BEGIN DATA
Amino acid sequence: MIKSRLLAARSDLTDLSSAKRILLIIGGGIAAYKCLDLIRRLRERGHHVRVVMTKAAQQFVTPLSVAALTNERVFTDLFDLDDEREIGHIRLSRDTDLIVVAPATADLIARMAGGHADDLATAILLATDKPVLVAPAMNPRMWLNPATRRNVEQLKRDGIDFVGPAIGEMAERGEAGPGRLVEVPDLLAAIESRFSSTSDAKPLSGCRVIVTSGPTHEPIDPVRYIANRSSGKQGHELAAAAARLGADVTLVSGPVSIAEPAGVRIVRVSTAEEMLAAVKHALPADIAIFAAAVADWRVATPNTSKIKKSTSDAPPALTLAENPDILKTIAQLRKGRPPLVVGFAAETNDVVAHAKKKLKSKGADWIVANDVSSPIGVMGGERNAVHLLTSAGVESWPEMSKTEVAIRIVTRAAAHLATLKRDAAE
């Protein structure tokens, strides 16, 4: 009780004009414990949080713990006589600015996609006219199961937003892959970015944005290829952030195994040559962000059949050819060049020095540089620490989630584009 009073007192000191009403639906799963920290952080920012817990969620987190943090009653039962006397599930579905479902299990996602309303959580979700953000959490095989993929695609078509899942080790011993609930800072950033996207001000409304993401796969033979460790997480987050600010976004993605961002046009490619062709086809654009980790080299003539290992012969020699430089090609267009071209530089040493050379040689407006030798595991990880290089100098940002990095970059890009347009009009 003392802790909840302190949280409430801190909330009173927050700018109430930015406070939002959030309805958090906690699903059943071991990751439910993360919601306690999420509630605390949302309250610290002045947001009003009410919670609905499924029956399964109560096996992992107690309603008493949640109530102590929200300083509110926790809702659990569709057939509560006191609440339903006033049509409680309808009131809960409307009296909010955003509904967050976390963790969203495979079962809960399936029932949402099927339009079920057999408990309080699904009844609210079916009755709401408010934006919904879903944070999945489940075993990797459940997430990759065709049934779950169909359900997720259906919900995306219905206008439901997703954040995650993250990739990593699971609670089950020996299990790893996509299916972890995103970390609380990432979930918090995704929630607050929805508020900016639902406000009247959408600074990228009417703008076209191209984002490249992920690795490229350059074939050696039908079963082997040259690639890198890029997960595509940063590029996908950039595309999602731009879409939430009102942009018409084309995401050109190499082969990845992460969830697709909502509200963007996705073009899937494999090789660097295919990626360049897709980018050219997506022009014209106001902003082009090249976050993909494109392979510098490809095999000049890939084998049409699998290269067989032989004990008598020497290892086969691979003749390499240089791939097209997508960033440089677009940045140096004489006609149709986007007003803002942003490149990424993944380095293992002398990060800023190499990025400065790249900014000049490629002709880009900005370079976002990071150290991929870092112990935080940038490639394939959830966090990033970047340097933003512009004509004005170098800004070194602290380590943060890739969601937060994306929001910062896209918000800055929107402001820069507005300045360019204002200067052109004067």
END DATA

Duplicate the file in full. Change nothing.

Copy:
Amino acid sequence: MIKSRLLAARSDLTDLSSAKRILLIIGGGIAAYKCLDLIRRLRERGHHVRVVMTKAAQQFVTPLSVAALTNERVFTDLFDLDDEREIGHIRLSRDTDLIVVAPATADLIARMAGGHADDLATAILLATDKPVLVAPAMNPRMWLNPATRRNVEQLKRDGIDFVGPAIGEMAERGEAGPGRLVEVPDLLAAIESRFSSTSDAKPLSGCRVIVTSGPTHEPIDPVRYIANRSSGKQGHELAAAAARLGADVTLVSGPVSIAEPAGVRIVRVSTAEEMLAAVKHALPADIAIFAAAVADWRVATPNTSKIKKSTSDAPPALTLAENPDILKTIAQLRKGRPPLVVGFAAETNDVVAHAKKKLKSKGADWIVANDVSSPIGVMGGERNAVHLLTSAGVESWPEMSKTEVAIRIVTRAAAHLATLKRDAAE
């Protein structure tokens, strides 16, 4: 009780004009414990949080713990006589600015996609006219199961937003892959970015944005290829952030195994040559962000059949050819060049020095540089620490989630584009 009073007192000191009403639906799963920290952080920012817990969620987190943090009653039962006397599930579905479902299990996602309303959580979700953000959490095989993929695609078509899942080790011993609930800072950033996207001000409304993401796969033979460790997480987050600010976004993605961002046009490619062709086809654009980790080299003539290992012969020699430089090609267009071209530089040493050379040689407006030798595991990880290089100098940002990095970059890009347009009009 003392802790909840302190949280409430801190909330009173927050700018109430930015406070939002959030309805958090906690699903059943071991990751439910993360919601306690999420509630605390949302309250610290002045947001009003009410919670609905499924029956399964109560096996992992107690309603008493949640109530102590929200300083509110926790809702659990569709057939509560006191609440339903006033049509409680309808009131809960409307009296909010955003509904967050976390963790969203495979079962809960399936029932949402099927339009079920057999408990309080699904009844609210079916009755709401408010934006919904879903944070999945489940075993990797459940997430990759065709049934779950169909359900997720259906919900995306219905206008439901997703954040995650993250990739990593699971609670089950020996299990790893996509299916972890995103970390609380990432979930918090995704929630607050929805508020900016639902406000009247959408600074990228009417703008076209191209984002490249992920690795490229350059074939050696039908079963082997040259690639890198890029997960595509940063590029996908950039595309999602731009879409939430009102942009018409084309995401050109190499082969990845992460969830697709909502509200963007996705073009899937494999090789660097295919990626360049897709980018050219997506022009014209106001902003082009090249976050993909494109392979510098490809095999000049890939084998049409699998290269067989032989004990008598020497290892086969691979003749390499240089791939097209997508960033440089677009940045140096004489006609149709986007007003803002942003490149990424993944380095293992002398990060800023190499990025400065790249900014000049490629002709880009900005370079976002990071150290991929870092112990935080940038490639394939959830966090990033970047340097933003512009004509004005170098800004070194602290380590943060890739969601937060994306929001910062896209918000800055929107402001820069507005300045360019204002200067052109004067």